NATIVE TALENT: More than 75 top Native American crafts
people will be on hand for the Southwest Indian Art Fair, hosted
by the Arizona State Museum. "Tradition and lnnovation"
are this year's themes, with an army of skilled artists falling
on either side of the creative fence.
One example is Michael D. Garcia, a Pascua Yaqui whose jewelry designs combine intricate patterns and blendings of colored stones. Another is Richard Honyouti, whose modern furniture stretches the limits of Hopi woodcarving tradition.
The fair will also include discussions, demonstrations and plenty of great music, revealing why it's quickly becoming a serious local tradition in its own right.
Free event runs from 10 a.m. to 4 p.m. Friday, February 20, noon to 4 p.m. Saturday, February 21, at the Arizona State Museum, located on campus just inside the main gate, east of Park Avenue. Call 621-6302 for information.
HUMBLE SPUDS: Their name may be meek, but the Chicago duo Small Potatoes will doubtlessly steam your tubers. Playing everything from guitars to the octave mandolin, Jacquie Manning and Rich Prezioso "have a lot of fun with their music," says Folk Era Records. They joke about being "eclecto-maniacs," and claim their rich blend of Celtic to cowboy, country to blues, swing to Irish and yodeling is "the result of years of careful indecision." But don't let that fool you. Their music is anything but half-baked.
Small Potatoes comes to Tucson for one performance at 8 p.m. Friday, February 20, in the Community Church of the Foothills, 480 E. Ina Road. Advance tickets are $8, and available at Hear's Music. Tickets at the door are $10, $5 for children under age 12. Call 887-5413 for information.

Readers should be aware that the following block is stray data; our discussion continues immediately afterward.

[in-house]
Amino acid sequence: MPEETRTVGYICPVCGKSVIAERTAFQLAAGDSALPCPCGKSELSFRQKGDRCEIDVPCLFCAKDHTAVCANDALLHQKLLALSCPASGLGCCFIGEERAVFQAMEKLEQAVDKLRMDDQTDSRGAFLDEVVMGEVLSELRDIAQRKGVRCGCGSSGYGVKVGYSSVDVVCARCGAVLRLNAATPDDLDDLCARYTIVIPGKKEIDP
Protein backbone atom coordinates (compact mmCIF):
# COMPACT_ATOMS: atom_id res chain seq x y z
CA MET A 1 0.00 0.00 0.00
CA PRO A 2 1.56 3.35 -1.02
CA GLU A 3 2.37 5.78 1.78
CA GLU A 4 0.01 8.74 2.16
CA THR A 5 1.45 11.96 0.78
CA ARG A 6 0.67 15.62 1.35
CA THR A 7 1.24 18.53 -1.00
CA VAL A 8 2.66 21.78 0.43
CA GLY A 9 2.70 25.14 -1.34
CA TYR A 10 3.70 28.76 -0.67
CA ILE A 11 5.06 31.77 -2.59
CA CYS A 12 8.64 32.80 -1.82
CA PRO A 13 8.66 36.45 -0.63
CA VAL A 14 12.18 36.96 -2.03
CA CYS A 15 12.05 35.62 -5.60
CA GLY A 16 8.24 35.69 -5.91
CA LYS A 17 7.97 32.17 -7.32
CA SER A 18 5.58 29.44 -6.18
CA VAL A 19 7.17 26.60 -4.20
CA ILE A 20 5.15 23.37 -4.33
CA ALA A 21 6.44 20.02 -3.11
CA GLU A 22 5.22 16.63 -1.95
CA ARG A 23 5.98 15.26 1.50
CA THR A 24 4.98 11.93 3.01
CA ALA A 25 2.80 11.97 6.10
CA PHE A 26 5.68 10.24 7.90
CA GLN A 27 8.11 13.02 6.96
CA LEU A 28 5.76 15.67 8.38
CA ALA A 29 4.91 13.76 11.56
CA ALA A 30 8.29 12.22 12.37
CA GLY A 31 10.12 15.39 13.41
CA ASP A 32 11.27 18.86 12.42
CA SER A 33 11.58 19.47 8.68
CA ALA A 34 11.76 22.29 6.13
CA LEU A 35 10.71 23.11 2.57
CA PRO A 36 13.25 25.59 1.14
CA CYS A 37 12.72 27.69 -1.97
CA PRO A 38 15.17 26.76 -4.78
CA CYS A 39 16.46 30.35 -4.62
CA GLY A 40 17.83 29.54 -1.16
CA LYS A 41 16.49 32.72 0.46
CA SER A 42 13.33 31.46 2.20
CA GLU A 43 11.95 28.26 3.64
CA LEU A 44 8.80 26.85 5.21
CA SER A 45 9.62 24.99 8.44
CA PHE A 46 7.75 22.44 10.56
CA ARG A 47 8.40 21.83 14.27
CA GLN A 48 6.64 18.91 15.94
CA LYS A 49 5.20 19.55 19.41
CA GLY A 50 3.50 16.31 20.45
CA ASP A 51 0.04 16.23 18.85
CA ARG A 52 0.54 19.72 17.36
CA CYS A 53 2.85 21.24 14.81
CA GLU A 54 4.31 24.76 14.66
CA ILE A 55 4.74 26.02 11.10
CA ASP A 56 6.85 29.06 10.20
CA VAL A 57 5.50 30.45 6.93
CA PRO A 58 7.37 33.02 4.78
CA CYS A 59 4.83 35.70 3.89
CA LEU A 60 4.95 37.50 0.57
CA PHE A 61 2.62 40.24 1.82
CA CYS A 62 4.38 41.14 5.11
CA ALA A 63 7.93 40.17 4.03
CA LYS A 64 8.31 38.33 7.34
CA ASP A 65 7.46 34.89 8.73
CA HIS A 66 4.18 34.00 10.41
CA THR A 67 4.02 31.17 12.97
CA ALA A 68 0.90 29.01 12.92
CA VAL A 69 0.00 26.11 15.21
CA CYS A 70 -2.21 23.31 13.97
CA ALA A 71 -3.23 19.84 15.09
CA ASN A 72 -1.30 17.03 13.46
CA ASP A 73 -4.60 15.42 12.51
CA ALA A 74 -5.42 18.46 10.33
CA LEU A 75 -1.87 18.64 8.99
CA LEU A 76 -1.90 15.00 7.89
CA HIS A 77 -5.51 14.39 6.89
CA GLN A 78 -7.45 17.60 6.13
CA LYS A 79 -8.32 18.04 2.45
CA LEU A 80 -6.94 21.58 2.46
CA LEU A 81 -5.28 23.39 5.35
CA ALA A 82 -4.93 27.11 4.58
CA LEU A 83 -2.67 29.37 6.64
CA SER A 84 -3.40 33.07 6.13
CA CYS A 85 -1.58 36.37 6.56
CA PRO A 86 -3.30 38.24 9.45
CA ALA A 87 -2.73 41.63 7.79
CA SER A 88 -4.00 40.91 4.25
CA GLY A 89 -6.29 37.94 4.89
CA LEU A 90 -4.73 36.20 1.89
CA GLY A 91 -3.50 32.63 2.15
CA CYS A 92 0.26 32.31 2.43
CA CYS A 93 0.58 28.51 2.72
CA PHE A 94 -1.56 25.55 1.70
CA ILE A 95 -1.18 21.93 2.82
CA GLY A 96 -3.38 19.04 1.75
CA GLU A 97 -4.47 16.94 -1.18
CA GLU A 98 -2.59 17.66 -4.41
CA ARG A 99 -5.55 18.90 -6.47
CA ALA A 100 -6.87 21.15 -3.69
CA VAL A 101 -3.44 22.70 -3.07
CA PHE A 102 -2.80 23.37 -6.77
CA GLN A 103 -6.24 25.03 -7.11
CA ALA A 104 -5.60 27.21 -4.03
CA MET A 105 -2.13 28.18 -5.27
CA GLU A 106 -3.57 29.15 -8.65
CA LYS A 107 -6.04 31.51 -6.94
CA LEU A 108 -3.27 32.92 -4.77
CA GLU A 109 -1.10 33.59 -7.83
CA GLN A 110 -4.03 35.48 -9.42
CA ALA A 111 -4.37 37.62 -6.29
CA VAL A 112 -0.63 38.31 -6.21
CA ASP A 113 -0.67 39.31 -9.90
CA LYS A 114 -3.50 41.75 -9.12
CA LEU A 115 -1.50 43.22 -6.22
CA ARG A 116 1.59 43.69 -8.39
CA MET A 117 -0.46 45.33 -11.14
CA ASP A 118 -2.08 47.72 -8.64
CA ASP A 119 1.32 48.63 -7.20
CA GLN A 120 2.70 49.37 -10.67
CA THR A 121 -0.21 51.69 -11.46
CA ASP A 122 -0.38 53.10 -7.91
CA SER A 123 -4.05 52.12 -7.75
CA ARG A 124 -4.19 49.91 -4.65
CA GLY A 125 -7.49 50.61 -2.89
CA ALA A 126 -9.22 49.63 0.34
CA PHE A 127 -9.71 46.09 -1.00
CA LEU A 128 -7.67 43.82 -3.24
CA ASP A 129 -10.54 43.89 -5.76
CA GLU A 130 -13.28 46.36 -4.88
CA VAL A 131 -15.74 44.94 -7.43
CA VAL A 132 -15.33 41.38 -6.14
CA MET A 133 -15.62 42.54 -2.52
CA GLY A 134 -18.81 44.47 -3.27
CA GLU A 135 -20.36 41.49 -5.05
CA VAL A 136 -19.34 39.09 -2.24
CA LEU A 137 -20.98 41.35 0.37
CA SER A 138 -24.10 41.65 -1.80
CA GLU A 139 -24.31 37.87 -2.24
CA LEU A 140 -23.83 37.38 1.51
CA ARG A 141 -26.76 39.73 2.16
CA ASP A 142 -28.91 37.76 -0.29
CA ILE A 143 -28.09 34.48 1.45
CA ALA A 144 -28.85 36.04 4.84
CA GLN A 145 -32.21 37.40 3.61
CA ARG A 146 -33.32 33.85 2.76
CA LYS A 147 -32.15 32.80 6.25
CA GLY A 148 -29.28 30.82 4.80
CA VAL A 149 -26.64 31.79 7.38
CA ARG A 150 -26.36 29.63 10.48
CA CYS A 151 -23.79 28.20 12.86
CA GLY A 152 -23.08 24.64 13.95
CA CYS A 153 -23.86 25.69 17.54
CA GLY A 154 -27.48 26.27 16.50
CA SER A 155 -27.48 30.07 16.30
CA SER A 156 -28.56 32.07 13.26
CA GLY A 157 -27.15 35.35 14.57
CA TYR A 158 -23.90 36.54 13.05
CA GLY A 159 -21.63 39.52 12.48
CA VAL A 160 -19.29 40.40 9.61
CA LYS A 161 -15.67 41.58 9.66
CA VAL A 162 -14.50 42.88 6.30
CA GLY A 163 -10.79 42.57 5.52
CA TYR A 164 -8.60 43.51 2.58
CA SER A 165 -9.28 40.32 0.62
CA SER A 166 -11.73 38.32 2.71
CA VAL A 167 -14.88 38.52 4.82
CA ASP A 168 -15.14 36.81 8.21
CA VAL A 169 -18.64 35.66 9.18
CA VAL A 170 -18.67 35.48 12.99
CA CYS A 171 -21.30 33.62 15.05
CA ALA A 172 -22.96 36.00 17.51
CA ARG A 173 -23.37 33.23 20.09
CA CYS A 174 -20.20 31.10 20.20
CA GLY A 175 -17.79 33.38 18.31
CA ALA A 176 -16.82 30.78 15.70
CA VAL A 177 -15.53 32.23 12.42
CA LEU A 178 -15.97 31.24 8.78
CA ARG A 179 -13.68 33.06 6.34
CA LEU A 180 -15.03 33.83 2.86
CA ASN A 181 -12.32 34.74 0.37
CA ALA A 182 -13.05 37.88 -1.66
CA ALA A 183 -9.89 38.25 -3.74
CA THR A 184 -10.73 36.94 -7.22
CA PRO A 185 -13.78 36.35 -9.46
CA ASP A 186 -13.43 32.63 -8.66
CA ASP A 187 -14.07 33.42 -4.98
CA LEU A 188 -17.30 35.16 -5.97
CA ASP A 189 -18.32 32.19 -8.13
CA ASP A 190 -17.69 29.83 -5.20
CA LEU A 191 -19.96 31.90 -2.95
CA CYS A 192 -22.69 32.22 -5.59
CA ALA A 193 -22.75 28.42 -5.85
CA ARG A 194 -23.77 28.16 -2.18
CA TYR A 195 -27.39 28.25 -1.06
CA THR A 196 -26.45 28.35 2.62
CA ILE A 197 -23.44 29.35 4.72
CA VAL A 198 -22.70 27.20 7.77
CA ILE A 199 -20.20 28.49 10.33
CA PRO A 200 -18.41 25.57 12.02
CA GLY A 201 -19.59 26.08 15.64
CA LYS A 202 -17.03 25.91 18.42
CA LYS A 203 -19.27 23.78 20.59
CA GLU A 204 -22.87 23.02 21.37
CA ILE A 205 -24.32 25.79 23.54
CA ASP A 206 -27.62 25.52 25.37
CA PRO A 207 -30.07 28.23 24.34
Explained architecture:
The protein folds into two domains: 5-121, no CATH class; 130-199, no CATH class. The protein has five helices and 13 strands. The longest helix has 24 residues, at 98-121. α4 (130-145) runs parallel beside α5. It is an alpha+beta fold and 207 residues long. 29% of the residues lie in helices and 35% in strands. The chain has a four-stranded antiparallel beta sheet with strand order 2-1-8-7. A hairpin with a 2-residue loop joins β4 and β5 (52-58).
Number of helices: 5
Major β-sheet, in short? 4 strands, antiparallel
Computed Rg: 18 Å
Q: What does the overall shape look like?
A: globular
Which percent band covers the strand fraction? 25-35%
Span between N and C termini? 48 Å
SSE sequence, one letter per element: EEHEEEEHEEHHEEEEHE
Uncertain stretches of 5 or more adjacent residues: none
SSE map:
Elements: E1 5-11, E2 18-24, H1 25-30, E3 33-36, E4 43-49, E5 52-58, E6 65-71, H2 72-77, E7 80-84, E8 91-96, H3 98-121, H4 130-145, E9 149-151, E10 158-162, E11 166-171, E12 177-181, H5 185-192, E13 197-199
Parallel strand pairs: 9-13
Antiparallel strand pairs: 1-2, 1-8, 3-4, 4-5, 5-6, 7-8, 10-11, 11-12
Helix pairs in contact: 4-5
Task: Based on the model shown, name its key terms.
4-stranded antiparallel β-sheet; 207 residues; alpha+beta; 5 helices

POST-NATAL EXAM: Further explore that most examined of lives when The GoodLife Health Company presents Astrology of Famous Women: Princess Diana--A Mirror For Modern Womanhood.
This free, one-hour gathering follows the immortal beloved through her natal chart, and offers you a free two-page sample of your own chart just for giving a damn.
Event is 7 p.m. Wednesday, February 25, in the Goodlife Clubhouse meeting room, 444 W. Orange Grove Road. For details, call 544-4775.
LOST YOUTH: During her visit to the Big Apple, a mother feuds bitterly with her son, Arnold. It seems Arnold, who is gay, hankers to adopt his own son. Unfortunately, that notion doesn't sit at all well with the old gal. Neither does Arnold's former lover, who returns from the ashes to further muddy an already sloppy scene.
Still, it's all in a day's comedic bickering, in the Desert Players Theatre's production of Widows and Children First, part three of Harvey Fierstein's Torch Song Trilogy.
Performances are 8 p.m. Friday and Saturday, February 20 and 21, and 27 and 28, and 2 p.m. Monday, February 23, and Sunday, March 1. Tickets are $8, $7 for seniors, students and military, and available at the door, or by calling 733-0733.
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